If you were to judge Hollywood by those attending the PGA’s 8th annual Produced By Conference, you’d never know that the film and TV industry has a diversity problem. Men and women, in equal numbers, and people of all races were generously represented – not only in the audiences, but on many of the panels, as well.

But the numbers presented during a panel discussion on diversity don’t lie: Of the 100 top grossing films of 2014, only 21 had women in leading or co-leading roles, only three of whom were minority women, and none of whom were over 45 years old.

Dr. Stacy Smith, the number crunching guru who heads up the Media, Diversity and Social Change Initiative at the USC/Annenberg School of Communications and Journalism, noted that of the 700 top grossing films released from 2007-14, only 4% were directed by women, and only three of the 700 were directed by female African Americans.

This “intersectionality” of race and gender shows that minority women get an even smaller share of key industry jobs than when minority men and women are counted together.

She also noted that of the 100 top grossing films of 2014, 17 had no speaking roles for African Americans, and that more than 40 of those films had no speaking roles for Asian-Americans.

But it was the youngest member of the panel who stole the show. Sixteen-year-old Yara Shahidi, who plays the eldest daughter on ABC’s Black-ish, wowed the audience and her fellow panelists with her own unique take on Hollywood’s racial divide.

Unable to find any roll-models in films or on TV shows who looked like her, the half-black and half-Iranian young actress said that she “turned to cartoons because they have no race. Cartoons have blue people, and I can do what blue people do.”

She said that children learn about Hollywood’s bias at an early age. Once, she recalled, while watching an action show with her eight-year-old brother, he commented: “Of course the black guy dies first.”

“He was only eight and it was already ingrained,” she laughed, before launching into an eloquent monologue about the importance of not only overcoming boundaries set by others, but those we set for ourselves.

“I want this child to run for president,” said Oscar-winning actress Octavia Spencer.

“I’ll be eligible in 2035,” the young actress shot back, bringing down the house.

Spencer wouldn’t say who she’s supporting in the current presidential contest, but gave a strong indication that it was Hillary Clinton. In any case, it certainly isn’t Trump.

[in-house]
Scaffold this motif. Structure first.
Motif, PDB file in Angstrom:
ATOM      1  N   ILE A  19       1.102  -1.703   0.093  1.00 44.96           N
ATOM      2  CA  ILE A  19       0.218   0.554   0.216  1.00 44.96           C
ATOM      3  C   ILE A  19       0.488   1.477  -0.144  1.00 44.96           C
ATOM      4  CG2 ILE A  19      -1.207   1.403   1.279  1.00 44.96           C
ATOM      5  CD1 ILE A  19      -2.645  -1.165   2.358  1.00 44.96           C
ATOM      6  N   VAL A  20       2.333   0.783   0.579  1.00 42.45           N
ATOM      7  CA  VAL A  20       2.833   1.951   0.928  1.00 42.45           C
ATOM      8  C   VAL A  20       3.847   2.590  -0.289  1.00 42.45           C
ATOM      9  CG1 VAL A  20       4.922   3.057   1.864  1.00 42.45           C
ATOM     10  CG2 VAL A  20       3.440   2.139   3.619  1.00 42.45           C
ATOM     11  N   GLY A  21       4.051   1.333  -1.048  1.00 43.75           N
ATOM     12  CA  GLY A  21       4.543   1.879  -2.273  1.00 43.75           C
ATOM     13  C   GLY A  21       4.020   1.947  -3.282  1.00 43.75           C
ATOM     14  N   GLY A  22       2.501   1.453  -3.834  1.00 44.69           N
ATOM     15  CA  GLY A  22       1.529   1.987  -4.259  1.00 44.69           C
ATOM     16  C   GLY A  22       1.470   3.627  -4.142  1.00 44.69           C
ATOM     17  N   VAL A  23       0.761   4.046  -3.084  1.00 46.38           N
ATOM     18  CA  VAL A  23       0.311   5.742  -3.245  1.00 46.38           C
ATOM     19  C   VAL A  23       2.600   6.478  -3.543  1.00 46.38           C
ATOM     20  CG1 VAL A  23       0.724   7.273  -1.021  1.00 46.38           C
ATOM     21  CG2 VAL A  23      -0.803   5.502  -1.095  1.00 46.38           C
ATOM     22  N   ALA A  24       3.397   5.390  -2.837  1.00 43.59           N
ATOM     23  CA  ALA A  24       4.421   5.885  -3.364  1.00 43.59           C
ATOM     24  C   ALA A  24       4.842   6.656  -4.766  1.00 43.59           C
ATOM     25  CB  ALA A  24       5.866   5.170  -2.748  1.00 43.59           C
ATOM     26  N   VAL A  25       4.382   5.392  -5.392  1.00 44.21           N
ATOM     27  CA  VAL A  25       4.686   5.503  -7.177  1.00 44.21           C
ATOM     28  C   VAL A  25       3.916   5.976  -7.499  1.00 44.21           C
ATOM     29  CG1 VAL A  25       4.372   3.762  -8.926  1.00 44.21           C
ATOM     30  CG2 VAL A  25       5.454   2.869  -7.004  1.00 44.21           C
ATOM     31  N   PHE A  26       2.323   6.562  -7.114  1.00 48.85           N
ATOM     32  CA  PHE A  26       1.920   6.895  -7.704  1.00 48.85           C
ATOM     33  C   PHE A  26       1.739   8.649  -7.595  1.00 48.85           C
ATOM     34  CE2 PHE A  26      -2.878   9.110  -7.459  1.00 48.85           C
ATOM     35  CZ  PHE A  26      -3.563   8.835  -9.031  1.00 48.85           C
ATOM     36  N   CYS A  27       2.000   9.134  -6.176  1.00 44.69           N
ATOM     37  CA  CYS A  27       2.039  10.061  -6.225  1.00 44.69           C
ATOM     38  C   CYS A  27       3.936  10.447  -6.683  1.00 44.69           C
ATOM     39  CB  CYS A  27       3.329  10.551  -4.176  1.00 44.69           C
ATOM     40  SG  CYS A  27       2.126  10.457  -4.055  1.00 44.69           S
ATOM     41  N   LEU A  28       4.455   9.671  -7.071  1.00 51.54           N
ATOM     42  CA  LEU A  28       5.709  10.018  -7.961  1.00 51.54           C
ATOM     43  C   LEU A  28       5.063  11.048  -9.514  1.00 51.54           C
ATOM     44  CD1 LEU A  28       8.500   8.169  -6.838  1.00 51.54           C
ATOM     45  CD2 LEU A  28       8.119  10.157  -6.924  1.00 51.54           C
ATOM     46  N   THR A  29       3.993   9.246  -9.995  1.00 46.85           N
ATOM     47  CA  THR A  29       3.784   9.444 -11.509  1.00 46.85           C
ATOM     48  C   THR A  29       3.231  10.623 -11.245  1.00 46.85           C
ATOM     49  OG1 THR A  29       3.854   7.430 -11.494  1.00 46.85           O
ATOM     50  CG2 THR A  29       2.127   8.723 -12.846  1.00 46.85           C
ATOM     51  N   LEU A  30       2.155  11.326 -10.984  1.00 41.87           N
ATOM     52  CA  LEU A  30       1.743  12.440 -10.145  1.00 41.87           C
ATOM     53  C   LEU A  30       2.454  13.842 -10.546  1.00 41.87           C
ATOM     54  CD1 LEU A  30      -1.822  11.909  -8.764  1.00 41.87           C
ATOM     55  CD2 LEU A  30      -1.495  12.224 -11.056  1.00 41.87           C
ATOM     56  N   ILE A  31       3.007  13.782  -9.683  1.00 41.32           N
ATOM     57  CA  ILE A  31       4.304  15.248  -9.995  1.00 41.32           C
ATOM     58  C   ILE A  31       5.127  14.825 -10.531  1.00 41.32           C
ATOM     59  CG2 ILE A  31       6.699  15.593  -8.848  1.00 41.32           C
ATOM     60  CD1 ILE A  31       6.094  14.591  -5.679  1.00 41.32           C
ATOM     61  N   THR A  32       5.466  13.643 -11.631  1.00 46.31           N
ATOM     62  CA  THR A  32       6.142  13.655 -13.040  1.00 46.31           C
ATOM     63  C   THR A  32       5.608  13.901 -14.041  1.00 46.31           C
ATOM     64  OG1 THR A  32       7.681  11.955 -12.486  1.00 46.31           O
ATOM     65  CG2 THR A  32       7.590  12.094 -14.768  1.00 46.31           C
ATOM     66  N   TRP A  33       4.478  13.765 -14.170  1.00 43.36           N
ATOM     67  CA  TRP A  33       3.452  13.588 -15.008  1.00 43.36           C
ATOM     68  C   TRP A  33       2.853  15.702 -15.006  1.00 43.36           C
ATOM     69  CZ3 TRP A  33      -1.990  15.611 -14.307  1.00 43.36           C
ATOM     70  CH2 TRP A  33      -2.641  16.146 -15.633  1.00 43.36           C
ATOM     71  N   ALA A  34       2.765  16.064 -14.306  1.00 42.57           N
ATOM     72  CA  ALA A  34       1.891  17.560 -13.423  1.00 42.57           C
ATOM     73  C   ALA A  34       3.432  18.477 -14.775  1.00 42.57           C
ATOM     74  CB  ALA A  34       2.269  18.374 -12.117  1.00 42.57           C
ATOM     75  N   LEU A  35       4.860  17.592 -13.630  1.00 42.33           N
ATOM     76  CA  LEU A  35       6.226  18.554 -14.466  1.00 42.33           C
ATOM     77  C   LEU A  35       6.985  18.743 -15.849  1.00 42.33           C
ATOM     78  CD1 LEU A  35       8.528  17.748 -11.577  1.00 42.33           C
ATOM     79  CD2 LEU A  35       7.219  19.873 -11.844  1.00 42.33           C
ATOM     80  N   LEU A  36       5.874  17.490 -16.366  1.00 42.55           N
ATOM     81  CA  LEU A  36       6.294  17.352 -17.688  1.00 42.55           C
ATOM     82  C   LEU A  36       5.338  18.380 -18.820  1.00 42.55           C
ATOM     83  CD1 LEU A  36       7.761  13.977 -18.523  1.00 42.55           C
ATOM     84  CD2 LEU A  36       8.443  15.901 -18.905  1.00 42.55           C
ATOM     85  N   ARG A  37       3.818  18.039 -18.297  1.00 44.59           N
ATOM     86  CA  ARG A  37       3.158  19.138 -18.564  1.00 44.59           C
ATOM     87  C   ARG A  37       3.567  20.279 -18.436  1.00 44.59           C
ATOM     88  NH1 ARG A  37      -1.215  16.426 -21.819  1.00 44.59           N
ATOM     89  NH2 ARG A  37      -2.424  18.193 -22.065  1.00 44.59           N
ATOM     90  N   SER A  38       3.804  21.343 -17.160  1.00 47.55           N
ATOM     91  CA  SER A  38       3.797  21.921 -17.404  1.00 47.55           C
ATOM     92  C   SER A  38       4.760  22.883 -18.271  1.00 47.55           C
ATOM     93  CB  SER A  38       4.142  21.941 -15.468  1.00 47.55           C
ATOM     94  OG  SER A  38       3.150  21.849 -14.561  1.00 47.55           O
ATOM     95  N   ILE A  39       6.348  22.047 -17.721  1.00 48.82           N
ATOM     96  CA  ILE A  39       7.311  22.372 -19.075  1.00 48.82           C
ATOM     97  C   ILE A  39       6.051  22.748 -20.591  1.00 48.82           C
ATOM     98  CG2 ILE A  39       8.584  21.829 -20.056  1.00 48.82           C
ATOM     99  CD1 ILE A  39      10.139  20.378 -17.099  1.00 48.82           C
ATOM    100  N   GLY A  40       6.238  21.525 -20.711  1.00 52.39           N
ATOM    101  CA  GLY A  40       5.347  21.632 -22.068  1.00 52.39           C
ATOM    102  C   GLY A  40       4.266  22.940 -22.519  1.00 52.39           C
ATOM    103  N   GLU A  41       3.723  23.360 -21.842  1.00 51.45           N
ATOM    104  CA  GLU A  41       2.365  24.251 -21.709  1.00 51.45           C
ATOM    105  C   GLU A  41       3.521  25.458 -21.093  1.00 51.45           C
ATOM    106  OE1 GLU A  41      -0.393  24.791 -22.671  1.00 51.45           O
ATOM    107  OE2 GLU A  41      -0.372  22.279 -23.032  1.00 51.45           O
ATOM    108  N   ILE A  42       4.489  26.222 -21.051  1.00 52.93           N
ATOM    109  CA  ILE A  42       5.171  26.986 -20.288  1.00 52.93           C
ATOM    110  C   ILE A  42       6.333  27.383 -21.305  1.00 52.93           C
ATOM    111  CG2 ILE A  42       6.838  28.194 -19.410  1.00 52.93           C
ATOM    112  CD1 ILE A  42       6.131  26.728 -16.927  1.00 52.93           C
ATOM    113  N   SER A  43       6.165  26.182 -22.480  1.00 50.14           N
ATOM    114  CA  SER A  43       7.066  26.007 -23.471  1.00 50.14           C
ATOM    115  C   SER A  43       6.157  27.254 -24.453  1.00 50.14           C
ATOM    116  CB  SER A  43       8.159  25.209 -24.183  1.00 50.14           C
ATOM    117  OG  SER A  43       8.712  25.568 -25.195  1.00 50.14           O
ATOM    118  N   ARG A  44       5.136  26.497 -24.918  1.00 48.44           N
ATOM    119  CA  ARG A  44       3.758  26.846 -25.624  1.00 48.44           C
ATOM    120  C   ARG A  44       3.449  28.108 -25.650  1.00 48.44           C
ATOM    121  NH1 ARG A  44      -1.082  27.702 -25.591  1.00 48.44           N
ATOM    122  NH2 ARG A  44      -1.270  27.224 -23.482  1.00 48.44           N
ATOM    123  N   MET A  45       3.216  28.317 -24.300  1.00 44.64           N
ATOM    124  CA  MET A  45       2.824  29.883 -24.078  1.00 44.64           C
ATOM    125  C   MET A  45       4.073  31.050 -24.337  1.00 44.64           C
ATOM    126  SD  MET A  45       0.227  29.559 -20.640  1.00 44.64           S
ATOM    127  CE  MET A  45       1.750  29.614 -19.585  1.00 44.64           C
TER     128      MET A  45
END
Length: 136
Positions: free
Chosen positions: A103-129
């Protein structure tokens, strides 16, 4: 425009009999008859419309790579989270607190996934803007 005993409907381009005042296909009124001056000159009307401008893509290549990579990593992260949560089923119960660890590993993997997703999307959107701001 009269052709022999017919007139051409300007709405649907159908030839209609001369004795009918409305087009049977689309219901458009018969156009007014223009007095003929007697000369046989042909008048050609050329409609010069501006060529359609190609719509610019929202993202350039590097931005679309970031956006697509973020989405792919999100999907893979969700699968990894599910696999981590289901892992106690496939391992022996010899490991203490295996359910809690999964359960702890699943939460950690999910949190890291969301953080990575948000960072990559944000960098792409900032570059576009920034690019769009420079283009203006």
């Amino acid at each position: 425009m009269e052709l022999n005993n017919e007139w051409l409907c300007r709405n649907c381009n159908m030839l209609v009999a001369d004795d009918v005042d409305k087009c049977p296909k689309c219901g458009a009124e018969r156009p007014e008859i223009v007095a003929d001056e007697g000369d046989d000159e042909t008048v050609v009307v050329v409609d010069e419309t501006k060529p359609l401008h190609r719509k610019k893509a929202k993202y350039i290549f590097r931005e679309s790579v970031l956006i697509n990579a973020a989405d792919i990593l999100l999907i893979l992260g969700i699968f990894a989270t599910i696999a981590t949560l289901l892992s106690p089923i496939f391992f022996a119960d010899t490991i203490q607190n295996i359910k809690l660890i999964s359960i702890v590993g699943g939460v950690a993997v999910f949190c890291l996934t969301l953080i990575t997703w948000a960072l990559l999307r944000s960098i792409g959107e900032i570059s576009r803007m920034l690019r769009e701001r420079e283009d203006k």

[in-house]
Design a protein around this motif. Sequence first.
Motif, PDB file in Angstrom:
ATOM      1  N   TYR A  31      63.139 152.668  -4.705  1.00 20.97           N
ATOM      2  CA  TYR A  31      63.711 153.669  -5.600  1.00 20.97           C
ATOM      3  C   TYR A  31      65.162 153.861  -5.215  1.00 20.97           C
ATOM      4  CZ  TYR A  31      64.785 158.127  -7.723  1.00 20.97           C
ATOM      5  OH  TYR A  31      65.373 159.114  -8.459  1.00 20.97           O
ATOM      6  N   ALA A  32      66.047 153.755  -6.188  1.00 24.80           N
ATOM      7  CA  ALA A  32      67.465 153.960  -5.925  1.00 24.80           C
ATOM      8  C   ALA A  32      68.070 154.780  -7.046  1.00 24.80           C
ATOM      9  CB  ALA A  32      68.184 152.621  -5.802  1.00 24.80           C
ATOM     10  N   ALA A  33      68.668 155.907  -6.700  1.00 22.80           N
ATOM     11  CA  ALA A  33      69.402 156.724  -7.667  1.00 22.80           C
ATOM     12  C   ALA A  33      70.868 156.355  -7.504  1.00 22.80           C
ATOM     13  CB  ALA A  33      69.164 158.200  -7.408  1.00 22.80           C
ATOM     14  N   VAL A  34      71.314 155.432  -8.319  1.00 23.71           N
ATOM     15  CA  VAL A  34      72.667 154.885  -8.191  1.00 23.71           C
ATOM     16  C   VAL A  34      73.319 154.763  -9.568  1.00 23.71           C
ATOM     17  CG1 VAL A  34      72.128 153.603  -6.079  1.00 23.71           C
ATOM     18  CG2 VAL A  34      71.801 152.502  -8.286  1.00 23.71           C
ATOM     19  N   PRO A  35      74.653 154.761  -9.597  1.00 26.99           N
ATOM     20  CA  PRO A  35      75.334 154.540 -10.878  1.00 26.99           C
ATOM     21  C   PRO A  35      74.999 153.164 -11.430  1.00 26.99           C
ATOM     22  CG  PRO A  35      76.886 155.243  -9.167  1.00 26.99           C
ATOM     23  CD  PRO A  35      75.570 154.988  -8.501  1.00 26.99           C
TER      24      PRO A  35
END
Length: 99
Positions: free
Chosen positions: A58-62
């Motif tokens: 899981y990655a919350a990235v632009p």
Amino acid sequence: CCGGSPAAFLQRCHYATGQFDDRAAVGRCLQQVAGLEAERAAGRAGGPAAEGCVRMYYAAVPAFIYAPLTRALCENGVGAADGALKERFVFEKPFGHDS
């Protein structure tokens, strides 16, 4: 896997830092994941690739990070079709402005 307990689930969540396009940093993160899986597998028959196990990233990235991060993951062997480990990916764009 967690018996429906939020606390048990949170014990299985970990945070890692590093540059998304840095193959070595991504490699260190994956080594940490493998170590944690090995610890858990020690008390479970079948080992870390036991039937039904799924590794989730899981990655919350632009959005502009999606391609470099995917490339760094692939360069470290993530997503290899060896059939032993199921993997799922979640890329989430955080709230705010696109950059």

Spencer said that the contributions of black women in history have been too long overlooked. When offered the role of a black woman in the upcoming film Hidden Heroes who played a key role in the early days of the American space program, she confessed that at first she thought it was a fictional account – only to learn that it was a true story.

The panel was kicked off with a 10-minute presentation by Judith Williams, global head of diversity at Dropbox, about unconscious bias, but director Paul Feig, the only male on the 8-member panel, summed up it up in 11 words. Describing the usual pitch, he said, “The default brain of Hollywood is: ‘It’s about a guy who…’”

Feig, known for his work with female leads, said he’s been “hit with some of the worst misogynistic stuff in the last two years” because of his decision to go with an all-female cast for the Ghostbusters reboot.”The onslaught was amazing.” New to Twitter, he said that viewing the hate-mail he received was like “someone coming from a liberal family and hearing right-wing radio for the first time. It’s like, my God, what’s happened? They’re monsters.” Feig’s comments echo those he made in March, saying at the time that “it wears you down… I’ve aged 10 years.”

As for unconscious bias, he said that everyone who writes about his Ghostbusters mentions that it has an all-female cast, but that nobody ever writes that The Expendables has an all-male cast.

Producer Lydia Dean Pilcher, noting that females make up half the movie-going audience and 85% of all consumer decisions, said that it’s time for the decision-makers in Hollywood “to line up with those realities.”

Moderator Lesley Chilcott noted that on average, films released in 2014 with female protagonists made 3.2% more at the box office than films with male leads.